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Holding 13a visa, divorce is inevitable in the near future.


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Hello,  I am have had a 13a visa since 2001.  Heading back to U.S.A. this year to file for divorce.  I am returning to the Philippines to live.  My question is:  Knowing that I am getting a divorce in the very near future, do I, upon leaving the Philippines, voluntarily surrender my I-card to the BOI or can I simply exit the country and reenter the Philippines as a tourist and let the 13-a I-card expire?  Or am I allowed to keep my 13a visa after my divorce?  I have read conflicting posts here about a 13-a visa holder being able to keep his/her 13-a I-card after divorce.  Some say, yes you can keep it after divorce as long as your ex-wife doesn't have it revoked.  Other's say that upon divorce, you automatically lose your 13-a status.  I certainly want to do the right thing.  Any advice would be very appreciative.  

 

My concern with keeping the 13-a status after divorce is this:  Hypothetically speaking, I am back in the Philippines holding a 13-a visa and legally divorced.  I noticed that the civil status on the back of the I-Card reads "married".  If after divorce, would I take my card to BOI and have them change my civil status to "divorced" or "single"?  Upon coming back after my divorce, it is very possible that I will be traveling abroad (Thailand, Hong Kong, etc) with a single female.  We get to the airport and go through immigration.  I show my 13-a card and passport to the immigration officer, who in turn says, is this your wife?  My answer is "No".  Then as you can imagine, I foresee a lot of issues with trying to explain why I am holding a 13-a visa, that has "civil status" as married, even after showing my divorce decree and traveling with a single female.  I see my single female companion having a difficult time being approved for travel with me.  Any comments/advice/suggestions would be appreciated.  d
 

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Wolfpack

Hello,  I am have had a 13a visa since 2001.  Heading back to U.S.A. this year to file for divorce.  I am returning to the Philippines to live.  My question is:  Knowing that I am getting a divorce in the very near future, do I, upon leaving the Philippines, voluntarily surrender my I-card to the BOI or can I simply exit the country and reenter the Philippines as a tourist and let the 13-a I-card expire?  Or am I allowed to keep my 13a visa after my divorce?  I have read conflicting posts here about a 13-a visa holder being able to keep his/her 13-a I-card after divorce.  Some say, yes you can keep it after divorce as long as your ex-wife doesn't have it revoked.  Other's say that upon divorce, you automatically lose your 13-a status.  I certainly want to do the right thing.  Any advice would be very appreciative.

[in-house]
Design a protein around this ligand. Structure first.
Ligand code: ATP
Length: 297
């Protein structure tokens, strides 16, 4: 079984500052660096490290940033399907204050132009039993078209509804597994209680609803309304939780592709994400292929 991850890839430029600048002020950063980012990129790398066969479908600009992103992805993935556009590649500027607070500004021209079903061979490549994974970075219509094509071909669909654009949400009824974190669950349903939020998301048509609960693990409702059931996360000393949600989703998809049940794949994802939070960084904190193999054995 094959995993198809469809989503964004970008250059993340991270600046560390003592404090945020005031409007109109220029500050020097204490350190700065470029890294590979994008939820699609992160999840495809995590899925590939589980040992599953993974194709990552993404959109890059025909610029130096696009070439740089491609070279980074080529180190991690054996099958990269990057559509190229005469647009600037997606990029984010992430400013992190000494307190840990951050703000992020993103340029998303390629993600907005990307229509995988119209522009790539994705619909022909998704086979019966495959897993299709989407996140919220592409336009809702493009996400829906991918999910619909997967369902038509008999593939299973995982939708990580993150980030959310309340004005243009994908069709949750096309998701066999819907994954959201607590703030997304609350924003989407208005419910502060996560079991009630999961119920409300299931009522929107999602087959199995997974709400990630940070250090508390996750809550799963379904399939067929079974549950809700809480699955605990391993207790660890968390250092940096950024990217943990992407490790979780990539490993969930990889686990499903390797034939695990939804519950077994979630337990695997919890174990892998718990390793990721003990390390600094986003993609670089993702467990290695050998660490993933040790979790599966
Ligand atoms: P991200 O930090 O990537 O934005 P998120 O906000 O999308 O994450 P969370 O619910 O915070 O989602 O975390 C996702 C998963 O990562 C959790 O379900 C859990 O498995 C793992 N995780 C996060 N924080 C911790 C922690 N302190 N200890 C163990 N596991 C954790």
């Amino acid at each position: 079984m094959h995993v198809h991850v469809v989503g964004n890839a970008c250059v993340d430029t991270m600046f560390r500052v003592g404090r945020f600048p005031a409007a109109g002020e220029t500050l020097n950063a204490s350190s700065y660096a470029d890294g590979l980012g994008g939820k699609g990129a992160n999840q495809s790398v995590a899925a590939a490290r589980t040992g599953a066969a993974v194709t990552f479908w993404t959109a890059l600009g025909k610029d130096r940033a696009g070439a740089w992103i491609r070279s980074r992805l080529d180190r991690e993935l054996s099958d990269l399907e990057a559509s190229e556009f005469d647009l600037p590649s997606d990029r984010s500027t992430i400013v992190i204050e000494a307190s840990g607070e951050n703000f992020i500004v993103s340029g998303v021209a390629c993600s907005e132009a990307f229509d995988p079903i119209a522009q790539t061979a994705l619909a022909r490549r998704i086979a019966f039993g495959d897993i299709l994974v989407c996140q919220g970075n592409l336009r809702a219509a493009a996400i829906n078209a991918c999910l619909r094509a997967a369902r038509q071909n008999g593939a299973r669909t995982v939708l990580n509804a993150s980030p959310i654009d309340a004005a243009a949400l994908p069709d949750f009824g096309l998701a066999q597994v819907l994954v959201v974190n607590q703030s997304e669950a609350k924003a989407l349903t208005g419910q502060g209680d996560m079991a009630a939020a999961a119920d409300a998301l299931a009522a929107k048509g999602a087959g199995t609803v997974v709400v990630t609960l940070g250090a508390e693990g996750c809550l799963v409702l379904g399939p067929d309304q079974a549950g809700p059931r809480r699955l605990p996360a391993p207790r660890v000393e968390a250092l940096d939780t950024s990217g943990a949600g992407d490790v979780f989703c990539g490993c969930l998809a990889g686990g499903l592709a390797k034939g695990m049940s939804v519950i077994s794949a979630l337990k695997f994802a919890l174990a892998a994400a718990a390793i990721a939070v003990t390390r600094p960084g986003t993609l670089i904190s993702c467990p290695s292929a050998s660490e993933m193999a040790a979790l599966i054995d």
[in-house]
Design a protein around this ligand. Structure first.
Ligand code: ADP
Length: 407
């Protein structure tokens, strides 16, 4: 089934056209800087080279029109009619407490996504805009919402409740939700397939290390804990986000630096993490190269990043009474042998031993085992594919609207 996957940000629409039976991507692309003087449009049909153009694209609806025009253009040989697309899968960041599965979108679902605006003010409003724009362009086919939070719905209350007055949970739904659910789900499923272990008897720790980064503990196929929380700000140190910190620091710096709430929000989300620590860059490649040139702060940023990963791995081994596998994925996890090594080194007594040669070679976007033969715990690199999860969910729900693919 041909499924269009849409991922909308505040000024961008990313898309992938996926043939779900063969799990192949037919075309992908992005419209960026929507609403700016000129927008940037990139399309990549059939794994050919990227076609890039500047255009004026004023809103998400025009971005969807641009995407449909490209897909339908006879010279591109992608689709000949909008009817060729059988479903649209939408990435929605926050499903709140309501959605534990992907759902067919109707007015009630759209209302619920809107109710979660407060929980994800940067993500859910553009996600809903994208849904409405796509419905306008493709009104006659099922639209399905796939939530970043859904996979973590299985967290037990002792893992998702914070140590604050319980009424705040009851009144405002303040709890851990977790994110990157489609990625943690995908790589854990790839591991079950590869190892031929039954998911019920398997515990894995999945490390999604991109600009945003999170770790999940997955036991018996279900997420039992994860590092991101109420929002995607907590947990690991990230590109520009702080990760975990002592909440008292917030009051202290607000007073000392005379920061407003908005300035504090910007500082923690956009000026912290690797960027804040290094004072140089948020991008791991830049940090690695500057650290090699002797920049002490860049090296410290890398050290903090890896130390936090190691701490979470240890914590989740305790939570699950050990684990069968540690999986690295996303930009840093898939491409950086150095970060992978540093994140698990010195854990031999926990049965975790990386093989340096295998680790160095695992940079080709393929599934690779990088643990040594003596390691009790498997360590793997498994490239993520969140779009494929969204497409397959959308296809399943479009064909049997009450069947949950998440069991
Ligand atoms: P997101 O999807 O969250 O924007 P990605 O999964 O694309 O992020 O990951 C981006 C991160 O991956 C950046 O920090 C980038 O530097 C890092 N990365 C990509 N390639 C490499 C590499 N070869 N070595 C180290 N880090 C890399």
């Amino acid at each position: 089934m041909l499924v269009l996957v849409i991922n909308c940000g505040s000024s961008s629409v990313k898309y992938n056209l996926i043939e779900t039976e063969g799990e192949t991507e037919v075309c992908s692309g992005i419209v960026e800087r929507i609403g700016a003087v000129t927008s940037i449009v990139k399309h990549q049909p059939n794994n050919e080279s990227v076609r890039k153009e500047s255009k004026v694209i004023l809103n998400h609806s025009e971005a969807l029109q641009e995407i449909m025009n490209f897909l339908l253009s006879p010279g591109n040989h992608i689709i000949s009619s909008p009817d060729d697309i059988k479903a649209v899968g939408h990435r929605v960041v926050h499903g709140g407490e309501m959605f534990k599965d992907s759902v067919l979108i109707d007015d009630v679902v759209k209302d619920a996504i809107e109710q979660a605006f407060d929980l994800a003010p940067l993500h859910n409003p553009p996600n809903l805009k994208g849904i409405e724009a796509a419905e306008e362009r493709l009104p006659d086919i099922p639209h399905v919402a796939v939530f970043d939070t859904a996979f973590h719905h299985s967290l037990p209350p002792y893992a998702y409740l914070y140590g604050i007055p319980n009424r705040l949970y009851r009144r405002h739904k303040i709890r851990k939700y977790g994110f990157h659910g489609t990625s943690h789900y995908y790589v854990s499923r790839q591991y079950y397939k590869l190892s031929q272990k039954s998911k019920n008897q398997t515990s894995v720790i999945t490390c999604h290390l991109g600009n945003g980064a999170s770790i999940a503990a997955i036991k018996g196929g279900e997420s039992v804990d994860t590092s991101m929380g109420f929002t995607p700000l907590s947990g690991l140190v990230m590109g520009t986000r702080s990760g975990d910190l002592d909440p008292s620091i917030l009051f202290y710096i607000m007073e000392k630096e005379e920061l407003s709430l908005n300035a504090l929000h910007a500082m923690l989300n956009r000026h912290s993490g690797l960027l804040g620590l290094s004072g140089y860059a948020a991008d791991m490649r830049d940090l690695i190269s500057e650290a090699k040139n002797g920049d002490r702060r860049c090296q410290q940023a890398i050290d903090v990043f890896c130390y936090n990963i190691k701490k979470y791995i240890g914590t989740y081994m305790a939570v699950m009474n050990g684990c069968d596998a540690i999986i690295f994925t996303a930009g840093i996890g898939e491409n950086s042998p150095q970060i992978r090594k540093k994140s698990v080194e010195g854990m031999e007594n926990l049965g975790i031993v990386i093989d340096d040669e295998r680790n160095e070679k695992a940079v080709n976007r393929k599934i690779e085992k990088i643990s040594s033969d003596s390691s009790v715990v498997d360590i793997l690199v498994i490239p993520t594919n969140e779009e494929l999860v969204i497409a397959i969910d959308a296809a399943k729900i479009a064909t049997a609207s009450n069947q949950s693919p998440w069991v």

My concern with keeping the 13-a status after divorce is this:  Hypothetically speaking, I am back in the Philippines holding a 13-a visa and legally divorced.  I noticed that the civil status on the back of the I-Card reads "married".  If after divorce, would I take my card to BOI and have them change my civil status to "divorced" or "single"?  Upon coming back after my divorce, it is very possible that I will be traveling abroad (Thailand, Hong Kong, etc) with a single female.  We get to the airport and go through immigration.  I show my 13-a card and passport to the immigration officer, who in turn says, is this your wife?  My answer is "No".  Then as you can imagine, I foresee a lot of issues with trying to explain why I am holding a 13-a visa, that has "civil status" as married, even after showing my divorce decree and traveling with a single female.  I see my single female companion having a difficult time being approved for travel with me.  Any comments/advice/suggestions would be appreciated.  d

 

 

stop by the immigration office, they will tell you how to handle it the right way...

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Dolsos

In your specific situation I'd recomend going to BI and asking them specifically, I'd hate to find out I was wrong after the fact.

 

I do know you can "downgrade" your 13a so I'm sure you can get back on tourist status, and then if you're qualified get a SRRV visa or do tourist visa runs (which may not be an issue if you're travelling abroad frequently).

 

Best of luck, sorry to hear about the divorce.

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Paul

IN the days before the I-Card, I knew guys who had 13(a) visas, and had been divorced. They were able to keep their status and continue living in the Philippines. Perhaps that holds true today?

 

I wish I could give you more information. But, that is my limit of knowledge on this topic.

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Thanks to all who responded to my post.  Much appreciated......dC

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